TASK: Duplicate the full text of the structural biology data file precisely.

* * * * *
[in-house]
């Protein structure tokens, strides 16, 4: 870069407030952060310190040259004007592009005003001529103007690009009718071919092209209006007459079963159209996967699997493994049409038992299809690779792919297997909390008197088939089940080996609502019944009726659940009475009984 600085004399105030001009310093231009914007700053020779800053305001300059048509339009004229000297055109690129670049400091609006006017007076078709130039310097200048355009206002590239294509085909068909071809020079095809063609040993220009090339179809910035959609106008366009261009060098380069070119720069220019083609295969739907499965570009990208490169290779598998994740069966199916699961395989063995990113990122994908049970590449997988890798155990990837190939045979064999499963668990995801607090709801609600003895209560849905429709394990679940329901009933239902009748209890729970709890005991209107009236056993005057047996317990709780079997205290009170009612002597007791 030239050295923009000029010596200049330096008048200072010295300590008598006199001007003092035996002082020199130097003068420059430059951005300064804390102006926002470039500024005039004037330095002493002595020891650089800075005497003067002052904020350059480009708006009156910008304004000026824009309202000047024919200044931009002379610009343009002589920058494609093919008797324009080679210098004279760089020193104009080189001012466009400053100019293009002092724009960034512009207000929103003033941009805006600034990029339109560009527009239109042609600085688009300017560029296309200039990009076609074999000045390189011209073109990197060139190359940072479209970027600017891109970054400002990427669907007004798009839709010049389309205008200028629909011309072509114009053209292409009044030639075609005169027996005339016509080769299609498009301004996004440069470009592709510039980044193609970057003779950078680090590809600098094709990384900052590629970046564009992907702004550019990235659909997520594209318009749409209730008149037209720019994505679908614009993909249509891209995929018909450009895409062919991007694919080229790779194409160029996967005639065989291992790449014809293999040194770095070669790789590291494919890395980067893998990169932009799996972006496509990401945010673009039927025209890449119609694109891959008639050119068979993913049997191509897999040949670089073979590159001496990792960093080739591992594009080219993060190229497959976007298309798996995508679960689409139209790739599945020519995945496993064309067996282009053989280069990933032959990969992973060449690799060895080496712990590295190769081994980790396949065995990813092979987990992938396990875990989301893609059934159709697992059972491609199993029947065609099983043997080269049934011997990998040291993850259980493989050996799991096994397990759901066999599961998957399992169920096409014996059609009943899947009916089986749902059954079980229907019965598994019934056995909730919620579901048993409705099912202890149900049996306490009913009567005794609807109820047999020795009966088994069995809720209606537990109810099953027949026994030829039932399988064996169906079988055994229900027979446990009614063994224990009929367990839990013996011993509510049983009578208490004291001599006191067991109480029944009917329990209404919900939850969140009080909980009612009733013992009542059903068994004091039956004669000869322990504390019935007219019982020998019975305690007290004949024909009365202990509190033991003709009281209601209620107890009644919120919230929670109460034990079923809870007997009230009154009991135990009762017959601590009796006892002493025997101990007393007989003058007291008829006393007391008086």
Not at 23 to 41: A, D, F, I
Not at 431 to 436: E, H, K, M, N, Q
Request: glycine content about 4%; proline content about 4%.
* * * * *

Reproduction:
[in-house]
């Protein structure tokens, strides 16, 4: 870069407030952060310190040259004007592009005003001529103007690009009718071919092209209006007459079963159209996967699997493994049409038992299809690779792919297997909390008197088939089940080996609502019944009726659940009475009984 600085004399105030001009310093231009914007700053020779800053305001300059048509339009004229000297055109690129670049400091609006006017007076078709130039310097200048355009206002590239294509085909068909071809020079095809063609040993220009090339179809910035959609106008366009261009060098380069070119720069220019083609295969739907499965570009990208490169290779598998994740069966199916699961395989063995990113990122994908049970590449997988890798155990990837190939045979064999499963668990995801607090709801609600003895209560849905429709394990679940329901009933239902009748209890729970709890005991209107009236056993005057047996317990709780079997205290009170009612002597007791 030239050295923009000029010596200049330096008048200072010295300590008598006199001007003092035996002082020199130097003068420059430059951005300064804390102006926002470039500024005039004037330095002493002595020891650089800075005497003067002052904020350059480009708006009156910008304004000026824009309202000047024919200044931009002379610009343009002589920058494609093919008797324009080679210098004279760089020193104009080189001012466009400053100019293009002092724009960034512009207000929103003033941009805006600034990029339109560009527009239109042609600085688009300017560029296309200039990009076609074999000045390189011209073109990197060139190359940072479209970027600017891109970054400002990427669907007004798009839709010049389309205008200028629909011309072509114009053209292409009044030639075609005169027996005339016509080769299609498009301004996004440069470009592709510039980044193609970057003779950078680090590809600098094709990384900052590629970046564009992907702004550019990235659909997520594209318009749409209730008149037209720019994505679908614009993909249509891209995929018909450009895409062919991007694919080229790779194409160029996967005639065989291992790449014809293999040194770095070669790789590291494919890395980067893998990169932009799996972006496509990401945010673009039927025209890449119609694109891959008639050119068979993913049997191509897999040949670089073979590159001496990792960093080739591992594009080219993060190229497959976007298309798996995508679960689409139209790739599945020519995945496993064309067996282009053989280069990933032959990969992973060449690799060895080496712990590295190769081994980790396949065995990813092979987990992938396990875990989301893609059934159709697992059972491609199993029947065609099983043997080269049934011997990998040291993850259980493989050996799991096994397990759901066999599961998957399992169920096409014996059609009943899947009916089986749902059954079980229907019965598994019934056995909730919620579901048993409705099912202890149900049996306490009913009567005794609807109820047999020795009966088994069995809720209606537990109810099953027949026994030829039932399988064996169906079988055994229900027979446990009614063994224990009929367990839990013996011993509510049983009578208490004291001599006191067991109480029944009917329990209404919900939850969140009080909980009612009733013992009542059903068994004091039956004669000869322990504390019935007219019982020998019975305690007290004949024909009365202990509190033991003709009281209601209620107890009644919120919230929670109460034990079923809870007997009230009154009991135990009762017959601590009796006892002493025997101990007393007989003058007291008829006393007391008086």
Not at 23 to 41: A, D, F, I
Not at 431 to 436: E, H, K, M, N, Q
Request: glycine content about 4%; proline content about 4%.